Loblaw Cos. may be a better landlord than grocer. Investors signaled that yesterday by driving the shares to the biggest gain in 25 years after the company announced plans to spin off its real estate into one of Canada’s largest investment trusts.
“It was an unloved stock before this announcement,” said Jason Hornett, who manages C$384 million ($387 million) at Bissett Investment Management, including shares of George Weston Ltd., the majority owner of Canada’s biggest grocery chain. “It’s a brilliant move for them to take this real estate and issue this REIT where they can control the value of those assets.”
Loblaw said yesterday the company would transfer about 35 million square feet (3.3 million square meters) of property with a current value of more than C$7 billion to a real estate investment trust it plans to take public next year. It would be the second-largest retail REIT in Canada, according to company disclosures.
The Brampton, Ontario-based company is joining a booming REIT market that has raised about $440 million in five initial public offerings this year, more than any other industry in Canada, according to data compiled by Bloomberg. The Standard & Poor’s/TSX Capped REIT Index has jumped 9.6 percent this year, compared with a 1.7 percent gain for the S&P/TSX Composite Index. REITs invest in properties from seniors housing to warehouses, and are paying returns two percentage points more than the broad index.
Loblaw, facing growing competition in its food business from Wal-Mart Stores Inc. and Target Corp., soared on the spinoff announcement, rising 14 percent to C$38.69 yesterday, the biggest advance since October 1987, according to data compiled by Bloomberg. Before the rally, Loblaw shares had climbed 4.9 percent over the last five years, compared with a 28 percent gain for the S&P/Consumer Staples Index in Canada.
The announcement follows Toronto-based KingSett Capital Inc.’s unsolicited bid on Dec. 4 for Primaris Retail Real Estate Investment Trust in a deal valued at C$4.4 billion to add shopping malls in Canada.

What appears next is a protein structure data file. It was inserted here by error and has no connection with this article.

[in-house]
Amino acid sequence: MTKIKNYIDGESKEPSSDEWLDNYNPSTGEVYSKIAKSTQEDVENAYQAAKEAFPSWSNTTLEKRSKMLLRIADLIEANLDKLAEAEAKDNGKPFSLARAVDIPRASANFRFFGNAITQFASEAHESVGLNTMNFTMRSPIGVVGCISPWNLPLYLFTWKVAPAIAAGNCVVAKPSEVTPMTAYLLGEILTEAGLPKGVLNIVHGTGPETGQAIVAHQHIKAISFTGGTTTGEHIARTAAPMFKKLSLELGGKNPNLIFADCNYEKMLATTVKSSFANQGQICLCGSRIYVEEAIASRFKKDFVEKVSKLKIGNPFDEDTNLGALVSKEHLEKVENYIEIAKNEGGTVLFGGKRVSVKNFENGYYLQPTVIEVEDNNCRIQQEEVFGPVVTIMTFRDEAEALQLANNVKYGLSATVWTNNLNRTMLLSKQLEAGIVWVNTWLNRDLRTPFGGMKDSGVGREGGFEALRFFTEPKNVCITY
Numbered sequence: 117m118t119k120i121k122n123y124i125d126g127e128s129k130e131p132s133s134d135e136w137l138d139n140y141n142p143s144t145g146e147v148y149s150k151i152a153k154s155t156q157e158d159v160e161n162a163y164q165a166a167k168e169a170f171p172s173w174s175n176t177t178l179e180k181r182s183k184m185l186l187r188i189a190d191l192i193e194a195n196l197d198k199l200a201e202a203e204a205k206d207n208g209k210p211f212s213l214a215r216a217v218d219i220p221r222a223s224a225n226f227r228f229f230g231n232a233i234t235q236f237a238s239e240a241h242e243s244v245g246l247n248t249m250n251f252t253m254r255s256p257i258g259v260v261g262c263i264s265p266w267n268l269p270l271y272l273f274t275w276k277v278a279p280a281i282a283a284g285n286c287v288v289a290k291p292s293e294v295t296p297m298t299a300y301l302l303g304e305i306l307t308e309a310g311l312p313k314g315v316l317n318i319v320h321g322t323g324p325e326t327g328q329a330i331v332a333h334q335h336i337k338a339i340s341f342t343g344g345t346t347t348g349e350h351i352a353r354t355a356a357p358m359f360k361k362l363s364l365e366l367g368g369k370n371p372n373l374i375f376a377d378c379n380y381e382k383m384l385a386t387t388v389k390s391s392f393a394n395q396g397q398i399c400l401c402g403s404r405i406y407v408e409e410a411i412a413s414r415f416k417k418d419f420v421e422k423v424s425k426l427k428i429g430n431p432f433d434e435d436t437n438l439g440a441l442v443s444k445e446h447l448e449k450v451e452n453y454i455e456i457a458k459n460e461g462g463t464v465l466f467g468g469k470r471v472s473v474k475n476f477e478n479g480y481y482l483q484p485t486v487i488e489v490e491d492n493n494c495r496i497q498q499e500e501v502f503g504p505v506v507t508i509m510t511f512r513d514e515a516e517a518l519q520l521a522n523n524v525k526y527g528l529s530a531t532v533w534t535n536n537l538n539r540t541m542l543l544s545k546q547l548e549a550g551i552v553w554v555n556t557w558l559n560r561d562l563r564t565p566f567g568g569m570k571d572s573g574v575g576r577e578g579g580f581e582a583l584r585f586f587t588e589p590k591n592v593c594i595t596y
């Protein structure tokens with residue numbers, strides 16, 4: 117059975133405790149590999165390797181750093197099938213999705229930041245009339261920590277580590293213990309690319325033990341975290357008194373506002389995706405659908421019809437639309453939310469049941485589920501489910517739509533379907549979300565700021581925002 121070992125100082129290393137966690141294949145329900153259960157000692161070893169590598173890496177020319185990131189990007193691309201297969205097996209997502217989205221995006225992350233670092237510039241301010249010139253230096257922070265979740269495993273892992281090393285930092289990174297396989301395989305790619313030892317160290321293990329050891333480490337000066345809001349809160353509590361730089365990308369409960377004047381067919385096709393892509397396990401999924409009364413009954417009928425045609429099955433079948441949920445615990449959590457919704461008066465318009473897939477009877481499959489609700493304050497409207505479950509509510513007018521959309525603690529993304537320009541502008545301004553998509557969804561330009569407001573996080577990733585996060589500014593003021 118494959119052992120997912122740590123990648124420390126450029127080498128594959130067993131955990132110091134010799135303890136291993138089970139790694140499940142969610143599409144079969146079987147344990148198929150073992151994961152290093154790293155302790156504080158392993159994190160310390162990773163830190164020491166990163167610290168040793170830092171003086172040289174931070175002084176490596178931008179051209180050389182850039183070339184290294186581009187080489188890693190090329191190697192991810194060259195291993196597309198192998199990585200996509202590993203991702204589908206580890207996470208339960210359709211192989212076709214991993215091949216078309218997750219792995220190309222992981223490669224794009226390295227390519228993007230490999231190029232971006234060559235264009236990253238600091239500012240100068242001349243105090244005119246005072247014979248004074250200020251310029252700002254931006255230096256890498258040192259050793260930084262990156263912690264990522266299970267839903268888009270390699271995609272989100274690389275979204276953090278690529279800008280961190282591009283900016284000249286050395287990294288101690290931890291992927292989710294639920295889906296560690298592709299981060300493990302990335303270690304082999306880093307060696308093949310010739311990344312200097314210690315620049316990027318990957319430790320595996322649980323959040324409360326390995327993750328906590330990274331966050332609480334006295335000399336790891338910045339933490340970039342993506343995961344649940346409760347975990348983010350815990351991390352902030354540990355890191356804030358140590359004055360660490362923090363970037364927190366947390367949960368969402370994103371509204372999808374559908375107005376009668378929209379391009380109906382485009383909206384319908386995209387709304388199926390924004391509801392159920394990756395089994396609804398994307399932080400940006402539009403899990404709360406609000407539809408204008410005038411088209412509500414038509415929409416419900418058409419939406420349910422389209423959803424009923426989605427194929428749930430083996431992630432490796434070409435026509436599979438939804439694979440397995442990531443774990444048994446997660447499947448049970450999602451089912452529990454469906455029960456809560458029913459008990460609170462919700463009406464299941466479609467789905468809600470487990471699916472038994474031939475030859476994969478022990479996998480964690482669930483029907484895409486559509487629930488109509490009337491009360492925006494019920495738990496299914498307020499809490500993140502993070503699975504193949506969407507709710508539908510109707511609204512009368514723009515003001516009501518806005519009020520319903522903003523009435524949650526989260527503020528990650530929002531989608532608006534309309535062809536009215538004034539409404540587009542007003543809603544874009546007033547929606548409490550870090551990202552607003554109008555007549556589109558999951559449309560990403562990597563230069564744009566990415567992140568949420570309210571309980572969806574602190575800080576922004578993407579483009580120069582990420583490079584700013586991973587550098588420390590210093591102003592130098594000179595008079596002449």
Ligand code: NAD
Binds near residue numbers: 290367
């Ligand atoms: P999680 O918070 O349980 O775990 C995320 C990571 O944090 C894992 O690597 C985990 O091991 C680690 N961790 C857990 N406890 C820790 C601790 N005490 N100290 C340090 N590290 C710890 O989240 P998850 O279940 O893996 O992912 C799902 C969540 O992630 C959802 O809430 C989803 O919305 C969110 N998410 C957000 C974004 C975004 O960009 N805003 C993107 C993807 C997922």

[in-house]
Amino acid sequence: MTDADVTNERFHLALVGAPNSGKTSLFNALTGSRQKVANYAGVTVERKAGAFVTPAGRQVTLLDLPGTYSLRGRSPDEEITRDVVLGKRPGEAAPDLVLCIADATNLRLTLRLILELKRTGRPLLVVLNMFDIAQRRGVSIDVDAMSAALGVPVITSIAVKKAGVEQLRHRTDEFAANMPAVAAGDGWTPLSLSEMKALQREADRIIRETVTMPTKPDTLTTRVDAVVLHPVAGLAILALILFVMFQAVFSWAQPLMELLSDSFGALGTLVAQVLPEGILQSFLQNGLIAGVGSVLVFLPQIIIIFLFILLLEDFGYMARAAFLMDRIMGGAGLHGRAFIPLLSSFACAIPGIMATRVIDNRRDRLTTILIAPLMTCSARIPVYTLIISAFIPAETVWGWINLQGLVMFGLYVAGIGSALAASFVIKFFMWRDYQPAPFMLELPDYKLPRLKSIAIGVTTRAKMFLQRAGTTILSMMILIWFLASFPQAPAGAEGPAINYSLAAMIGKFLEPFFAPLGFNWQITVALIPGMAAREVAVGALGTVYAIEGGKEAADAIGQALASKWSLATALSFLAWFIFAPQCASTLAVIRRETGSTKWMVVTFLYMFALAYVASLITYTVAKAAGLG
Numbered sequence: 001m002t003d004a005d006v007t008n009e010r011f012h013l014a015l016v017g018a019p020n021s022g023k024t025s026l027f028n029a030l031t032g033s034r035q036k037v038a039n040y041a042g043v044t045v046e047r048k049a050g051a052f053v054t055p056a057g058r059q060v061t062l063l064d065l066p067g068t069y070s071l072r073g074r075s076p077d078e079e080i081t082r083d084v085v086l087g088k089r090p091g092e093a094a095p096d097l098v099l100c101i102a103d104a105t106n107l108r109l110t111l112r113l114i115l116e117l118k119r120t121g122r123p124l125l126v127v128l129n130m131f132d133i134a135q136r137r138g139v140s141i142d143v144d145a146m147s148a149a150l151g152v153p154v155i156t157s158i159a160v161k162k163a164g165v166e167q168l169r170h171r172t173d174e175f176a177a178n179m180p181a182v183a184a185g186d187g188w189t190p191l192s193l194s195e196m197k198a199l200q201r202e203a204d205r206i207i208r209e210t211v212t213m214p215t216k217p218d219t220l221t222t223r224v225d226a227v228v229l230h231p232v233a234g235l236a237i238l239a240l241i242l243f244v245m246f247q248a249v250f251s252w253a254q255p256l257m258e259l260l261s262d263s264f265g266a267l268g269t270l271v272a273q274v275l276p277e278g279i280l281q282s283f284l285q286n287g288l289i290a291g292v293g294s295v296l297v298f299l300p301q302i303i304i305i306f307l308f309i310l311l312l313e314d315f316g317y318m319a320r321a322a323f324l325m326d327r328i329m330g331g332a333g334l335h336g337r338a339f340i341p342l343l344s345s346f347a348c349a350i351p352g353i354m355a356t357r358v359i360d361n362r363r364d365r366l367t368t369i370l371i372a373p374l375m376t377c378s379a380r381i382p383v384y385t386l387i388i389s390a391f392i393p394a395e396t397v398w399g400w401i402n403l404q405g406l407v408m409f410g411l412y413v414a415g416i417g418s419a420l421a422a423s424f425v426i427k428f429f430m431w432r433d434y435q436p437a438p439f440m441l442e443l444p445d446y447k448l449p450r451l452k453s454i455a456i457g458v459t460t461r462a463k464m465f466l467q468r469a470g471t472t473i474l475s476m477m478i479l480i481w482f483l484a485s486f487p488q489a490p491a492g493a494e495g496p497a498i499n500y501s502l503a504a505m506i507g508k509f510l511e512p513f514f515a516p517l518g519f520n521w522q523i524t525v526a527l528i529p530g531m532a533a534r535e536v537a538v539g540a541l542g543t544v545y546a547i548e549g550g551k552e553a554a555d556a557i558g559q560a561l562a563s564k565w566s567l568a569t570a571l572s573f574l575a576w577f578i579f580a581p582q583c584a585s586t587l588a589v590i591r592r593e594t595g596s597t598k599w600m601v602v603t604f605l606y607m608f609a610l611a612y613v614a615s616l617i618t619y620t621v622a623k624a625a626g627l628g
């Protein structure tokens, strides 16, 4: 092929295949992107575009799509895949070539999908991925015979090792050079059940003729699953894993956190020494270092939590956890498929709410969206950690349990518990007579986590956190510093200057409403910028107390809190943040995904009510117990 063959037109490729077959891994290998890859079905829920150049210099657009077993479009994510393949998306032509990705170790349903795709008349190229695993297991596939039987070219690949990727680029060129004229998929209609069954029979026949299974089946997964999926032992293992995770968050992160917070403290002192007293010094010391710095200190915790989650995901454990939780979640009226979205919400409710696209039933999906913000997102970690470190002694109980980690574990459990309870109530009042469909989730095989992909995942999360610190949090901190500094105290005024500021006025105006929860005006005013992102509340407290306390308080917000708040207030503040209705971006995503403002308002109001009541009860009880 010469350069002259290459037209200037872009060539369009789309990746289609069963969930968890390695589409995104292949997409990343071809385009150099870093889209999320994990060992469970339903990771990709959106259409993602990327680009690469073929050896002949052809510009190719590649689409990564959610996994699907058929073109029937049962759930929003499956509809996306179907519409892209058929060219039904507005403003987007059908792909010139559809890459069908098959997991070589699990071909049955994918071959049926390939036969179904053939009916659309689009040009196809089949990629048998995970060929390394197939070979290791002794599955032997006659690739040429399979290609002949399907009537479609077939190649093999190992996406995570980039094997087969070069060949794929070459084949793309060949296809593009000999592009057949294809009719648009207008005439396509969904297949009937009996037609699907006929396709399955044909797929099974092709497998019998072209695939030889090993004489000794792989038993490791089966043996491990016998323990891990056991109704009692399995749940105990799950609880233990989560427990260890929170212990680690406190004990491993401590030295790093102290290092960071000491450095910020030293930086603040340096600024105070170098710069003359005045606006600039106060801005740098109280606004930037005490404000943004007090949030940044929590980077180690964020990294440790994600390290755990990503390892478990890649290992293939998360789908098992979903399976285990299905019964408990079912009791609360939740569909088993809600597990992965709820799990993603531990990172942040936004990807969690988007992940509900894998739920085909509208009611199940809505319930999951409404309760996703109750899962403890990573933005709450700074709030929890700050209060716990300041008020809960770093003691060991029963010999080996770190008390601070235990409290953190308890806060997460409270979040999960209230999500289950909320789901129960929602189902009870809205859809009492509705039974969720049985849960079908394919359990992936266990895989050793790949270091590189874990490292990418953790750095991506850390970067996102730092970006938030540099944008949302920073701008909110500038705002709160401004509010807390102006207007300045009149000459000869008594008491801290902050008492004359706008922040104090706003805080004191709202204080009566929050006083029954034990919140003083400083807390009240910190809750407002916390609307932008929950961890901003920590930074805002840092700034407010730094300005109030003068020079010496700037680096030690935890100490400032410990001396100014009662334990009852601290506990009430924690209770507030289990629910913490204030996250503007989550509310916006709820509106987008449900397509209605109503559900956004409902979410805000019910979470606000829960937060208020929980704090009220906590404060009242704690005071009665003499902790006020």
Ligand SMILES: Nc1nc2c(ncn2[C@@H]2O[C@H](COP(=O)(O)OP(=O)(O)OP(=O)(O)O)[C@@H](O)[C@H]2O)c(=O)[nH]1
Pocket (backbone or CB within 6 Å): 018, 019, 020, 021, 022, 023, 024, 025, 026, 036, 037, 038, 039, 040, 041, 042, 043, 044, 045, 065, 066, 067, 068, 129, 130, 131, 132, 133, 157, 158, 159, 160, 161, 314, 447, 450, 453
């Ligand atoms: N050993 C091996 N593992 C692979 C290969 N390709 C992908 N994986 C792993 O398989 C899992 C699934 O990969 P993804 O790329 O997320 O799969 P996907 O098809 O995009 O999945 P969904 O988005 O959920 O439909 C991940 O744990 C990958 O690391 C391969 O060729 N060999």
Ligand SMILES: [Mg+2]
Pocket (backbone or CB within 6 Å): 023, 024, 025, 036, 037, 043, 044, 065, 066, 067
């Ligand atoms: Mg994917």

The increase gave George Weston Ltd. a one-day gain of about C$771.4 million from its 60 percent stake yesterday, according to data compiled by Bloomberg. George Weston, 63 percent owned by W.G. Galen Weston, rose 0.1 percent to C$67.79 at market close in Toronto today. Loblaw added 1.3 percent to C$38.71.
W.G. Galen Weston, 72, chairman of George Weston, is Canada’s second-richest person with a net worth of about C$8 billion before the spinoff announcement, according to the Canadian Business 2011 list of the country’s wealthiest.
Loblaw will have an 80 percent interest in the REIT, Chief Financial Officer Sarah Davis said on a conference call yesterday. The company won’t “sit on its hands” with the extra cash from the IPO, which will be priced midway through next year, she said.
Loblaw faces increased competition from U.S. chains, including Target, which is opening in Canada next year, Hornett at Bissett said. The REIT deal could translate into C$2 billion in extra revenue by the end of next year, he said.
The IPO will bring a cash windfall of C$670 million to the company which will be used to repay debt maturing in 2013, Michael Van Aelst, consumer analyst at Toronto-Dominion Bank in Montreal, said in a note to clients today.
Van Aelst raised his rating on the stock to buy from hold and his price target to C$46 from $37. He is one of three analysts who upgraded the shares since yesterday compared with one analyst who downgraded.
RioCan is Canada’s largest REIT with 79 million square feet of retail space. Its tenants include Wal-Mart Stores Inc., Canadian Tire Corp., and Metro Inc. grocery stores according to its latest quarterly report.
Canada had one REIT initial public offering last year, up from none in 2009, according to Bloomberg data. Canada may see an additional two REITs this month. Agellan Commercial REIT plans to raise C$154 million in its IPO next week to buy commercial properties in the U.S. and Canada. FAM Real Estate Investment Trust filed documents with regulators on Nov. 14 to do an IPO to buy Canadian commercial properties.
“If the company wants to free up their hidden value of real estate, the timing is perfect because we’re hitting a high watermark for real estate prices,” John Crombie, national director of retail real estate at Cushman & Wakefield, said in a phone interview from Toronto. “At the end of the day, who doesn’t like Loblaw?”
The company will do longer-term leases with favorable rates for Loblaw and free up “a ton” of cash that they can put towards upgrades, store developments and acquisitions, he said. Loblaw bought T&T Supermarket, Canada’s largest Asian food retailer, in 2009.
“Over time if this REIT diversifies, acquires other properties, and generates more income that flows back to Loblaw, that’s a positive,” Brian Yarbrough, an Edward Jones analyst, said in a phone interview from St. Louis.
Yarbrough rates the stock a buy.
“You do wonder if Loblaw is aiming to acquire another retailer,” he said. “The extra cash flow can potentially buy a retail chain in the middle of next year. They made it very clear that they won’t be sitting on this new cash. that’s why people are excited about this -- it’s positive across the board.”